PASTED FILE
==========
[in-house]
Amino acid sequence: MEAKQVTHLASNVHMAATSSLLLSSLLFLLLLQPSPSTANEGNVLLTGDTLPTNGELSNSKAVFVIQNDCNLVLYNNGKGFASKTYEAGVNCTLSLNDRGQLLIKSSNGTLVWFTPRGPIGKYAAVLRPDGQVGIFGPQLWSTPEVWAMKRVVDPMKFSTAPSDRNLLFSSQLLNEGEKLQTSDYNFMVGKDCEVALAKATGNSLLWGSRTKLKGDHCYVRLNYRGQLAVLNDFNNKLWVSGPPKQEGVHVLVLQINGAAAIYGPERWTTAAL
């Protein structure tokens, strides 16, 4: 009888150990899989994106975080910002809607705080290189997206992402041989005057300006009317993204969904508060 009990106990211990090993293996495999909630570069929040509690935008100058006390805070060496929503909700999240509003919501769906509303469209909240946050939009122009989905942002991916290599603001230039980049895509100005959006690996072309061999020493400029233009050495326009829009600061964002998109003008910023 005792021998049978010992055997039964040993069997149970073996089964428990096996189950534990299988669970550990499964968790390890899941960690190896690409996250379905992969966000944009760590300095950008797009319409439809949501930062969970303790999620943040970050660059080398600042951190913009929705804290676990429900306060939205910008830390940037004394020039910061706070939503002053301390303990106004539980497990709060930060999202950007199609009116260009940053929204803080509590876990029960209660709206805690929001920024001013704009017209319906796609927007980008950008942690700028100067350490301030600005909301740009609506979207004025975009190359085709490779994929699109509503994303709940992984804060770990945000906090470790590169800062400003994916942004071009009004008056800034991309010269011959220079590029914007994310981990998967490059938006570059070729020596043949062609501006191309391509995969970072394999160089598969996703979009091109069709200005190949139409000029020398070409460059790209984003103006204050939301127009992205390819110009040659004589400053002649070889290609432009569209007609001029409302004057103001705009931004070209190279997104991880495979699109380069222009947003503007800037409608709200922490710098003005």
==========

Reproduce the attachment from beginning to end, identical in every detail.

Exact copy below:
[in-house]
Amino acid sequence: MEAKQVTHLASNVHMAATSSLLLSSLLFLLLLQPSPSTANEGNVLLTGDTLPTNGELSNSKAVFVIQNDCNLVLYNNGKGFASKTYEAGVNCTLSLNDRGQLLIKSSNGTLVWFTPRGPIGKYAAVLRPDGQVGIFGPQLWSTPEVWAMKRVVDPMKFSTAPSDRNLLFSSQLLNEGEKLQTSDYNFMVGKDCEVALAKATGNSLLWGSRTKLKGDHCYVRLNYRGQLAVLNDFNNKLWVSGPPKQEGVHVLVLQINGAAAIYGPERWTTAAL
């Protein structure tokens, strides 16, 4: 009888150990899989994106975080910002809607705080290189997206992402041989005057300006009317993204969904508060 009990106990211990090993293996495999909630570069929040509690935008100058006390805070060496929503909700999240509003919501769906509303469209909240946050939009122009989905942002991916290599603001230039980049895509100005959006690996072309061999020493400029233009050495326009829009600061964002998109003008910023 005792021998049978010992055997039964040993069997149970073996089964428990096996189950534990299988669970550990499964968790390890899941960690190896690409996250379905992969966000944009760590300095950008797009319409439809949501930062969970303790999620943040970050660059080398600042951190913009929705804290676990429900306060939205910008830390940037004394020039910061706070939503002053301390303990106004539980497990709060930060999202950007199609009116260009940053929204803080509590876990029960209660709206805690929001920024001013704009017209319906796609927007980008950008942690700028100067350490301030600005909301740009609506979207004025975009190359085709490779994929699109509503994303709940992984804060770990945000906090470790590169800062400003994916942004071009009004008056800034991309010269011959220079590029914007994310981990998967490059938006570059070729020596043949062609501006191309391509995969970072394999160089598969996703979009091109069709200005190949139409000029020398070409460059790209984003103006204050939301127009992205390819110009040659004589400053002649070889290609432009569209007609001029409302004057103001705009931004070209190279997104991880495979699109380069222009947003503007800037409608709200922490710098003005």